# FIRST – start tracing
Invoke-command-Computername “$($StampInfo.Prefix)-DC01”-ScriptBlock {mkdir c:\temp}
Invoke-command-Computername “$($StampInfo.Prefix)-DC01”-ScriptBlock {netsh trace start capture=yes tracefile=c:\temp\timetest.etl}
# SECOND – repro issue & stop trace
Invoke-command-Computername “$($StampInfo.Prefix)-DC01”-ScriptBlock {w32tm /stripchart /computer:10.91.232.117}
Invoke-command-Computername “$($StampInfo.Prefix)-DC01”-ScriptBlock {netsh trace stop}
# THIRD – copy file off of DC01 to ERCS
copy-item-path \\”$($StampInfo.Prefix)-DC01″\c$\temp\timetest.etl -Destination c:\temp
# Then copy off the file to a share on a jumpbox to get the file off the stamp
# FOURTH – clean up DC01
Invoke-command-Computername “$($StampInfo.Prefix)-DC01”-ScriptBlock {remove-item c:\temp\timetest.*-Recurse}

The trace did show that traffic was not going through on UPD port 123 to our NTP server. So at this point, we know for sure that something is blocking UDP port 123 to our NTP Time server internally and to any NTP server externally. Just to be transparent, I have not gotten the routing fixed as of this blog.  However, I feel very confident once that UDP 123 to that NTP server is open again, our DC will be able to sync time. I did manually update the time on those nodes and roles while we had the unlocked support session.  The admin portal and tenant portal which was taking 3 minutes and 38 seconds to log in after entering credentials now only takes a few seconds.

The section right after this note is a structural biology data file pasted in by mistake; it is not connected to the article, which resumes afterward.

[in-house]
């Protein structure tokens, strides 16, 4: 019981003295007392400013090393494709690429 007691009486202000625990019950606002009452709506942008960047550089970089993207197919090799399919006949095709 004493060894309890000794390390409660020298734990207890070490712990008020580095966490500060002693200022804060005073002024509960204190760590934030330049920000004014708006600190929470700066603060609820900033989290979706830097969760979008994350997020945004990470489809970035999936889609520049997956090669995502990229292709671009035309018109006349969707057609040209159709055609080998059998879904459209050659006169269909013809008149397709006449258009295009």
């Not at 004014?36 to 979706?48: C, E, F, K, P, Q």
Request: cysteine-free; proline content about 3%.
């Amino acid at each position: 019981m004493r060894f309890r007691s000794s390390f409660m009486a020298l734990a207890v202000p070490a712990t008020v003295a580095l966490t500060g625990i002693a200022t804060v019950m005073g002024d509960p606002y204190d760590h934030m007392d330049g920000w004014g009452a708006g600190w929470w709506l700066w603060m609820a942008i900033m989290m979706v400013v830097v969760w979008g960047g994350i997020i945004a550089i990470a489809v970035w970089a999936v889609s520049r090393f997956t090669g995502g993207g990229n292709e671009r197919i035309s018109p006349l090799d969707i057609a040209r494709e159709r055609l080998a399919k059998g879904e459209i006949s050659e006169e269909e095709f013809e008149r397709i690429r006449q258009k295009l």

Final Thoughts

I really love working with this technology. I also really enjoy working with all the guys at Microsoft when we have issues. I wish we had a way to break glass on our own but also understand why they limit this ability. There are a lot of things that one can do with an unlocked session. So, if you are experiencing long log in times, check your time on your Stack to verify that it is correct. I forced the clock changes on all my nodes and on the infrastructure roles and my login time is now seconds compared to the 3 minutes and 38 secs it was taking. I still am trying to work out the network access to our NTP servers but at least I know the fix works.

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Posted in Azure Stack